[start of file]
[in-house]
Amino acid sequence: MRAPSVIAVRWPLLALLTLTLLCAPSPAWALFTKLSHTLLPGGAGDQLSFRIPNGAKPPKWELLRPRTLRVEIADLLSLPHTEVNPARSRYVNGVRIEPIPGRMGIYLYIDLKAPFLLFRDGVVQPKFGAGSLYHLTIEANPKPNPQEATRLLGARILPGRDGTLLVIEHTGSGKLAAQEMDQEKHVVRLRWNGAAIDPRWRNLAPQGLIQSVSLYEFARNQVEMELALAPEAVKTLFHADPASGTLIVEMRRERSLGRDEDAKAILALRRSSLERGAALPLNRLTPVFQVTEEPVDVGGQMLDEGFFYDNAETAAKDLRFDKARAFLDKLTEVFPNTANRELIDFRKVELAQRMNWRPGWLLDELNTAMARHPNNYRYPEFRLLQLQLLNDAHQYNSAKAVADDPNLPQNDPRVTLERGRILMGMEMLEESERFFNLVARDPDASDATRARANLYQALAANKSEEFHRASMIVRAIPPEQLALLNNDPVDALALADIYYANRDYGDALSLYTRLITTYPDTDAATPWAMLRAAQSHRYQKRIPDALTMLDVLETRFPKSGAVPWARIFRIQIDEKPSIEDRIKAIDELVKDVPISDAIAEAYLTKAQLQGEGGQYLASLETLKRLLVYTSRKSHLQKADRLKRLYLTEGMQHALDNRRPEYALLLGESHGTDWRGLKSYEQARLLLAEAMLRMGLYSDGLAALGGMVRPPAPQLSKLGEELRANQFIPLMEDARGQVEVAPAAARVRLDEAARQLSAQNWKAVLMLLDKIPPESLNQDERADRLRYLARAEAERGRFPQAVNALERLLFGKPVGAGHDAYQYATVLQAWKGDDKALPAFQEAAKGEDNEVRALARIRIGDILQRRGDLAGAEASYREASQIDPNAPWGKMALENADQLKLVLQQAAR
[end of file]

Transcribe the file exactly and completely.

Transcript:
[in-house]
Amino acid sequence: MRAPSVIAVRWPLLALLTLTLLCAPSPAWALFTKLSHTLLPGGAGDQLSFRIPNGAKPPKWELLRPRTLRVEIADLLSLPHTEVNPARSRYVNGVRIEPIPGRMGIYLYIDLKAPFLLFRDGVVQPKFGAGSLYHLTIEANPKPNPQEATRLLGARILPGRDGTLLVIEHTGSGKLAAQEMDQEKHVVRLRWNGAAIDPRWRNLAPQGLIQSVSLYEFARNQVEMELALAPEAVKTLFHADPASGTLIVEMRRERSLGRDEDAKAILALRRSSLERGAALPLNRLTPVFQVTEEPVDVGGQMLDEGFFYDNAETAAKDLRFDKARAFLDKLTEVFPNTANRELIDFRKVELAQRMNWRPGWLLDELNTAMARHPNNYRYPEFRLLQLQLLNDAHQYNSAKAVADDPNLPQNDPRVTLERGRILMGMEMLEESERFFNLVARDPDASDATRARANLYQALAANKSEEFHRASMIVRAIPPEQLALLNNDPVDALALADIYYANRDYGDALSLYTRLITTYPDTDAATPWAMLRAAQSHRYQKRIPDALTMLDVLETRFPKSGAVPWARIFRIQIDEKPSIEDRIKAIDELVKDVPISDAIAEAYLTKAQLQGEGGQYLASLETLKRLLVYTSRKSHLQKADRLKRLYLTEGMQHALDNRRPEYALLLGESHGTDWRGLKSYEQARLLLAEAMLRMGLYSDGLAALGGMVRPPAPQLSKLGEELRANQFIPLMEDARGQVEVAPAAARVRLDEAARQLSAQNWKAVLMLLDKIPPESLNQDERADRLRYLARAEAERGRFPQAVNALERLLFGKPVGAGHDAYQYATVLQAWKGDDKALPAFQEAAKGEDNEVRALARIRIGDILQRRGDLAGAEASYREASQIDPNAPWGKMALENADQLKLVLQQAAR